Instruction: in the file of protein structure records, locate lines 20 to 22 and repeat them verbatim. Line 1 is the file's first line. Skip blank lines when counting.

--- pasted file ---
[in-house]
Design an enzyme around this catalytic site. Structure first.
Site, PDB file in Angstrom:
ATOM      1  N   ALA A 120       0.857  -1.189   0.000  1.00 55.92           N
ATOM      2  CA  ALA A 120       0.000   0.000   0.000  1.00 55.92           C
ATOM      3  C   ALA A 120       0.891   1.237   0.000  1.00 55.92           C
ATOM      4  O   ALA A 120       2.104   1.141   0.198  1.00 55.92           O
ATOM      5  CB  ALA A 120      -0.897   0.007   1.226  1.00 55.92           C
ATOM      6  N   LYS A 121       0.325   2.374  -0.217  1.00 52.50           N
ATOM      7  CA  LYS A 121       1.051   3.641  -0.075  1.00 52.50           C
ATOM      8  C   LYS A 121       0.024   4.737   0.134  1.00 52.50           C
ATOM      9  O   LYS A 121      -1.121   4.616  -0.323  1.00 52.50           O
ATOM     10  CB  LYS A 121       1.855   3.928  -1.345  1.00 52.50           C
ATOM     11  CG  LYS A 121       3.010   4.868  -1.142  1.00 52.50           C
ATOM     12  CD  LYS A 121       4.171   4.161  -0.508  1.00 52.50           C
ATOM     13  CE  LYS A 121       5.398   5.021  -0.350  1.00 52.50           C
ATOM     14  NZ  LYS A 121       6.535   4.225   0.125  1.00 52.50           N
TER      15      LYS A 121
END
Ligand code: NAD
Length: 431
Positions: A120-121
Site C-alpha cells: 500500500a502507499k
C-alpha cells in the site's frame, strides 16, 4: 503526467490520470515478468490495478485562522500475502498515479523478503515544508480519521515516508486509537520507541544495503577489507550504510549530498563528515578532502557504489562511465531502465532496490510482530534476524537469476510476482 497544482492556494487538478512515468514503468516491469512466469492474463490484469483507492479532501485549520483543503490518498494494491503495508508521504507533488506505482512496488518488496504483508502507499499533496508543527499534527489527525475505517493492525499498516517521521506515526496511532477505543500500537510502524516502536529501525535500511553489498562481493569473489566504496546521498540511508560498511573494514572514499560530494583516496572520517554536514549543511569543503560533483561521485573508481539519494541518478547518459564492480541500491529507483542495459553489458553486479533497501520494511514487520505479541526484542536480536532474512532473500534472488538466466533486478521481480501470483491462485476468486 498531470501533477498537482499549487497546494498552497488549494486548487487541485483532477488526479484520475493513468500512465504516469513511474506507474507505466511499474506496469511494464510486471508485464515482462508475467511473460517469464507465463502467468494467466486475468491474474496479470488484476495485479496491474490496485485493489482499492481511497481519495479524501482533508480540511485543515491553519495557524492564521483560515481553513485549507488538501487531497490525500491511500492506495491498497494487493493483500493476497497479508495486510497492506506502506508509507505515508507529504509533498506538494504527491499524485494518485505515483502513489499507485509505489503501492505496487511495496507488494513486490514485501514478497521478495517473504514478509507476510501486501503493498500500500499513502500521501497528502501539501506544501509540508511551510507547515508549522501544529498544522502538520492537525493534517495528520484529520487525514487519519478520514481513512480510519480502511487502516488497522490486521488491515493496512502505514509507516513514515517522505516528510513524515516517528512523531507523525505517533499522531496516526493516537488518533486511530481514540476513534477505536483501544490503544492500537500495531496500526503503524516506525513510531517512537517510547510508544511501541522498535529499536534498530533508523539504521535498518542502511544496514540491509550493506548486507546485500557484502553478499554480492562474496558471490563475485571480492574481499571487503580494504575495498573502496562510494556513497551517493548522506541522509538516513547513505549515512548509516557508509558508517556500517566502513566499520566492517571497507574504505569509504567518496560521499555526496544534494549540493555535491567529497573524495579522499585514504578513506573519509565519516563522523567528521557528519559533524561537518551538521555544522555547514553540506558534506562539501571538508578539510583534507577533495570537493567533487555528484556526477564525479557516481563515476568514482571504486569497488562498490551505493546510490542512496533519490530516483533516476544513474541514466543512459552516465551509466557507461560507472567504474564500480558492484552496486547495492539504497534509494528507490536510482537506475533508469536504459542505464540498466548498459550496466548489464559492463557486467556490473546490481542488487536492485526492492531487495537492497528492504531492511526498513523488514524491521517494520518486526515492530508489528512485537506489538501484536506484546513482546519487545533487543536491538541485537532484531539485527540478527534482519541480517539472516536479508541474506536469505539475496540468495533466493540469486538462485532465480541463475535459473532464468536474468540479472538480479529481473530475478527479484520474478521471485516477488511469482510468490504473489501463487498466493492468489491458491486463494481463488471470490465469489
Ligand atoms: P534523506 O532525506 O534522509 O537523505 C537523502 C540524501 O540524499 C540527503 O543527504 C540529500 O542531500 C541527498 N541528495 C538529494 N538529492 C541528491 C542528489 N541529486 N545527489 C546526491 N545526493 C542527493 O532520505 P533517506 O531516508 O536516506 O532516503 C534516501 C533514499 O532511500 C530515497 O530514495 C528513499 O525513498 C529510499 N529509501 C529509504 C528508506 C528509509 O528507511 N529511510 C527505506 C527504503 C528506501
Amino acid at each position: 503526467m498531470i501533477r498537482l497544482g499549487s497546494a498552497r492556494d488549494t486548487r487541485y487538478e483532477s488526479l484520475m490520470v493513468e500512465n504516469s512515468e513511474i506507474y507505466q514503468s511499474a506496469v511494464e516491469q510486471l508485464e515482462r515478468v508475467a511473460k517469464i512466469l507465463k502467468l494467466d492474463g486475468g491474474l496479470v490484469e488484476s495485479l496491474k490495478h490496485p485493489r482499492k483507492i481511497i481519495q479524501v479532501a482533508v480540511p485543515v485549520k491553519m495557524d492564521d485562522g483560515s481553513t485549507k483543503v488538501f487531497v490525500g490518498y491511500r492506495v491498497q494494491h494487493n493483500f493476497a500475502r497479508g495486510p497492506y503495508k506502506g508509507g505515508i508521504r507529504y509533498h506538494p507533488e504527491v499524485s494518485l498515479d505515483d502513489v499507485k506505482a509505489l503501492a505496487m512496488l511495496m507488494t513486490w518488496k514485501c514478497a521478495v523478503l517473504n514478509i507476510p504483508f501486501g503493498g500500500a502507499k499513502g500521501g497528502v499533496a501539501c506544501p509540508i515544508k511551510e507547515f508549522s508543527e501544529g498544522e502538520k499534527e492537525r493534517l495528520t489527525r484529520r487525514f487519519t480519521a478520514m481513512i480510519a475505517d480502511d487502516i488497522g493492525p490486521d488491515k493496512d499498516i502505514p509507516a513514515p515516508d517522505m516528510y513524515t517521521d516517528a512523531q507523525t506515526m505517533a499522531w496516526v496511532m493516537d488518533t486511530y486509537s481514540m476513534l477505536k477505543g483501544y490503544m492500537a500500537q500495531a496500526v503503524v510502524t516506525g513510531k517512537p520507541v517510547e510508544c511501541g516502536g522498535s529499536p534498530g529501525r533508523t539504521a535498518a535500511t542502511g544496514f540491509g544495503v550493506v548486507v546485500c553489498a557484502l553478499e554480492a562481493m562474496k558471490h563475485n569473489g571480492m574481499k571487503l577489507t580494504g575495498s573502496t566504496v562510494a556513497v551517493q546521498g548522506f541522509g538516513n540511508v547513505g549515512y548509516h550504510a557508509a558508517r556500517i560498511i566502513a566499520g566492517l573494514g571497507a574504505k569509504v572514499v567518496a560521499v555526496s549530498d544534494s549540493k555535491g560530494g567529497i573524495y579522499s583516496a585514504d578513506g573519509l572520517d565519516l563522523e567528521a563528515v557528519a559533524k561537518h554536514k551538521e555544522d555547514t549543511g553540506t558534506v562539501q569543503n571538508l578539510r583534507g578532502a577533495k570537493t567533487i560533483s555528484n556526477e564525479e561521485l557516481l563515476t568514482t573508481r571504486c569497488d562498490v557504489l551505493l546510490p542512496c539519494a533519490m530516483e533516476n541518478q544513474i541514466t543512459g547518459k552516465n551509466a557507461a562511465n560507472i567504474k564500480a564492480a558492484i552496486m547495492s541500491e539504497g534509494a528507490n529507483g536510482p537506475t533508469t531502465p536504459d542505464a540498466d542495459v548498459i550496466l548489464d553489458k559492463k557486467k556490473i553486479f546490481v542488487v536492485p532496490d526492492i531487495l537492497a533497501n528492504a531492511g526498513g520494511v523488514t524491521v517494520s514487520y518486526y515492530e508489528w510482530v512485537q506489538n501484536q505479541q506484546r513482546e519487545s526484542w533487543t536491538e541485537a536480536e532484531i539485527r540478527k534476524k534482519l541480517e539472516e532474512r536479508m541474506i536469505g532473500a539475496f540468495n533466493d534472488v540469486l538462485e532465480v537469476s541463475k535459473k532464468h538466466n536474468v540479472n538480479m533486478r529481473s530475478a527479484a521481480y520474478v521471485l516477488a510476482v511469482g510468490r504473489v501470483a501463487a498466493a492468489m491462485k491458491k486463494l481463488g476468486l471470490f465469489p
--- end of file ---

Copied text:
Ligand code: NAD
Length: 431
Positions: A120-121